August 4, 2012

Random Comic: Doctor Strange #56 (1982)

Dr Stephen Strange, master of the mystic arts, unexpectedly allows a TV camera crew into his house to recount his entry into the world of the occult. The camera crew are not what they seem to be however - but Dr Strange is still one step ahead.

I've been going comic book crazy lately, not only continuing to buy new titles each week but scouring local comic shops and the Internet for trade paperbacks and individual back issues that strike my fancy. Trade paperbacks may be easier to stick on a shelf and loan to friends, and they're certainly much more durable, but there's still something nice about a 20-24 page magazine-format comic that you can flip through and enjoy. For one thing there's rarely a spine to accidentally crack.
Since I've been reading a lot of individual, often relatively old comics, I figured I may as well review ones that particularly take my fancy. This issue, written by Roger Stern with art by Paul Smith (pencils) and Terry Austin (inks), is a great example. I've always been a big fan of Dr Strange without actually reading that much of his comic, and since I've hit the point where I would actually buy a monthly comic Marvel have rudely refused to publish one. Here Strange is interviewed about his past, which makes for a great introduction to new readers, before revealing he knew the TV crew were evil demons in disguise all along, and proceeds to battle them across his own home in Greenwich Village.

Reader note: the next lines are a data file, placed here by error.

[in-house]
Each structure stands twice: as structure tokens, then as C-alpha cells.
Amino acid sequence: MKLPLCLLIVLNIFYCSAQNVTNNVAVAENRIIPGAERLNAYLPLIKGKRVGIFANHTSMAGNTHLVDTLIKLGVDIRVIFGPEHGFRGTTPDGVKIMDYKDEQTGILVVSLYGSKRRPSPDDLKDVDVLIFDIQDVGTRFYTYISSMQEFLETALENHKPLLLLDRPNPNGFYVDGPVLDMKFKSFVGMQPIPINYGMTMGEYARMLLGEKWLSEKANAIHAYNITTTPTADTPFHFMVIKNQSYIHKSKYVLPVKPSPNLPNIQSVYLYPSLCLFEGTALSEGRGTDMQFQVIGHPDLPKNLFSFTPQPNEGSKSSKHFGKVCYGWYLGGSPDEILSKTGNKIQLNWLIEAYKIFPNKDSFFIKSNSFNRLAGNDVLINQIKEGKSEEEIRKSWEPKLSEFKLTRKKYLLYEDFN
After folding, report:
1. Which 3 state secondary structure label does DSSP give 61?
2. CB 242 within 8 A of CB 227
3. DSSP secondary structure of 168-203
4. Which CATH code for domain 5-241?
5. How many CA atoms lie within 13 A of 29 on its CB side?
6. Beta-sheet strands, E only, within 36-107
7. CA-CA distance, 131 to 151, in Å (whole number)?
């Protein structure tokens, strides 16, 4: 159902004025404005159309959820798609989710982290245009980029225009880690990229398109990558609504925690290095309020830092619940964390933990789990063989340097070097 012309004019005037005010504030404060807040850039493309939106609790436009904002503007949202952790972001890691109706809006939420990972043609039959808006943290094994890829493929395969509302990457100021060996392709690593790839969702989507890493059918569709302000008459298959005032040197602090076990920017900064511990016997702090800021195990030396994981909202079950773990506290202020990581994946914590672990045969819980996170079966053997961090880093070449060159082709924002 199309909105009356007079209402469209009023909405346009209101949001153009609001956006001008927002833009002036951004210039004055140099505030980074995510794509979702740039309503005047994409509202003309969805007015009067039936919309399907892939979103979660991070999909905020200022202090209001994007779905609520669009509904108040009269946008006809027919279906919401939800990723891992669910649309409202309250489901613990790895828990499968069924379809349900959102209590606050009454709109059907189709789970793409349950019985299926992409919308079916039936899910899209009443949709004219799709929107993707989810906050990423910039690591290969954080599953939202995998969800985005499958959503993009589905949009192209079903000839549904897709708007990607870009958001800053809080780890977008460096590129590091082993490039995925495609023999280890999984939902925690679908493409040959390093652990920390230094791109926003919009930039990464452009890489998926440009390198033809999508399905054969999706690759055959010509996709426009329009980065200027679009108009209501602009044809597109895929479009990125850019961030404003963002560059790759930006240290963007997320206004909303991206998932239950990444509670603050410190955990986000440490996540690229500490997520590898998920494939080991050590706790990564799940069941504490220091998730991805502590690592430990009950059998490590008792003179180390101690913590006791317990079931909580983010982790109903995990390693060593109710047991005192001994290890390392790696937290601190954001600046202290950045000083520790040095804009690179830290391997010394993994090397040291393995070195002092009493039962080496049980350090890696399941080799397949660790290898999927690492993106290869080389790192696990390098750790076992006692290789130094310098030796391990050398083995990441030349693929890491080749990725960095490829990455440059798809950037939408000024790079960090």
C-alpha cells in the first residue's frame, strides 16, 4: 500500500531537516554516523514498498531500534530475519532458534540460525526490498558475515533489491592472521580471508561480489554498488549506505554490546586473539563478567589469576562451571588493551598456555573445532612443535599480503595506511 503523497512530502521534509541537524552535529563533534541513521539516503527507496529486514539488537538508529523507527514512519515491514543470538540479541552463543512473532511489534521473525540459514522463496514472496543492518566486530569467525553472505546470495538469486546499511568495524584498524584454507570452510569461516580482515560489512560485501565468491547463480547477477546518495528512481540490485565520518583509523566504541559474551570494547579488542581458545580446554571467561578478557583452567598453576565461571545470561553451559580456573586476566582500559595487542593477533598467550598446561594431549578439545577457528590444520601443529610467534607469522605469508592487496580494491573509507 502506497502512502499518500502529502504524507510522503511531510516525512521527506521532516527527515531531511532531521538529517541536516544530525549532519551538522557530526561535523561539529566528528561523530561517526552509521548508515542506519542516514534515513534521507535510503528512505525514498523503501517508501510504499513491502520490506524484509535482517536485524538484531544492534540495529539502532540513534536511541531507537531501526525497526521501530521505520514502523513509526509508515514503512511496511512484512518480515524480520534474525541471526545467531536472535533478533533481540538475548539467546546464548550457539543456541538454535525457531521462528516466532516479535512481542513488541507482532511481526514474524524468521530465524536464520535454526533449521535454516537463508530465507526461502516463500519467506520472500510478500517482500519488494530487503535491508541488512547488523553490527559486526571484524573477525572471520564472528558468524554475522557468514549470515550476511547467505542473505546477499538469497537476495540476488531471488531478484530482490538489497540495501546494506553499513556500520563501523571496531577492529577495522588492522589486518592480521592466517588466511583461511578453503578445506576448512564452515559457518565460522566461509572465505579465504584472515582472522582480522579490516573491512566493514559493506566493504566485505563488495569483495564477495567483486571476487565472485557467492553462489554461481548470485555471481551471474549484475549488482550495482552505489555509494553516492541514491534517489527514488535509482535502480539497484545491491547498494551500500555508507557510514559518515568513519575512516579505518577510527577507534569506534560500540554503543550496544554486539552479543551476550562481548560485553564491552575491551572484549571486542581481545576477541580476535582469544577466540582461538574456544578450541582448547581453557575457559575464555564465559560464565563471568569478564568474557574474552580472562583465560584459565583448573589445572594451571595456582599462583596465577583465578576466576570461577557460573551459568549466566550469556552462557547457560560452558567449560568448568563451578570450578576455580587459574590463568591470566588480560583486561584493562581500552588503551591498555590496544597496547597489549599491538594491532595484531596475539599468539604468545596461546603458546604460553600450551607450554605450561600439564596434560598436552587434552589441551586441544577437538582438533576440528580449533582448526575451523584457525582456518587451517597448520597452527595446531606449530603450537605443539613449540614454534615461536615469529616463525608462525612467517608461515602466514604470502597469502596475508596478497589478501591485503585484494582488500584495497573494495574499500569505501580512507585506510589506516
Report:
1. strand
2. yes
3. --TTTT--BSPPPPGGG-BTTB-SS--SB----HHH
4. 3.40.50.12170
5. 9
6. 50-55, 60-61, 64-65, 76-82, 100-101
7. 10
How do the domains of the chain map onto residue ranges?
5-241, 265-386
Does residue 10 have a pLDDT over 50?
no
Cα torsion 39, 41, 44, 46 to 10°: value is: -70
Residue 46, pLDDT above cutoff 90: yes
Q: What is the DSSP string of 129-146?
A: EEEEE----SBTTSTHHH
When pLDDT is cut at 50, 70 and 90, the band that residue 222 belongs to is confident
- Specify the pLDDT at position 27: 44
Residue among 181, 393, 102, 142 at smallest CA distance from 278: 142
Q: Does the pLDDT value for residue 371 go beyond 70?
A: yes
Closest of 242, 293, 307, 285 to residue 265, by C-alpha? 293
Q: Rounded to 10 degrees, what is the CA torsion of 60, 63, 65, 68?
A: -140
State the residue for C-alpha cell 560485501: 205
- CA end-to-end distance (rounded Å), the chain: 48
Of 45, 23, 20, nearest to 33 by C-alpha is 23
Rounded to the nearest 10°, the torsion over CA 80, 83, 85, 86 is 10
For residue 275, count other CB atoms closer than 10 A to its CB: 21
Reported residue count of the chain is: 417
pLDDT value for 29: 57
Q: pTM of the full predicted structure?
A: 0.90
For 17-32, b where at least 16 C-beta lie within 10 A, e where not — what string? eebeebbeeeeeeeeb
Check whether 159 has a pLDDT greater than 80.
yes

That's one feature that always amuses me about Marvel's superheroes. While DC spreads its characters across a wide variety of mostly fictional cities, Marvel's heroes seem to be all shoved up into New York City. Spider-Man gets Manhattan, Daredevil gets Hell's Kitchen, and so on. Dr Strange, far more laid back and urbane than his contemporaries, gets to patrol the Village.

The demonic trio Demonicus, Adria and Kaecilius, former servants of the villainous Baron Mordo, had previously fought Strange in Strange Tales #143. I haven't read that comic, and I'm pretty sure I haven't these characters in another comic ever. Despite this Stern has written such a strong script that I didn't need to know their backstory. Everything I was required to know was told to me within the comic. That's a feature of older comic books I really appreciate. Nearly every issue simultaneously continues a long-running narrative for regular readers while providing constant little hooks for those new to the title.

This comic also gets special bonus points for it's awesome Lego advertisement on the back cover, created in a far off time when Lego meant building things and not adapting big-budget movie franchises. (Of course, that said, it totally goes without saying that I would buy the hell out of a Dr Strange Lego set.)

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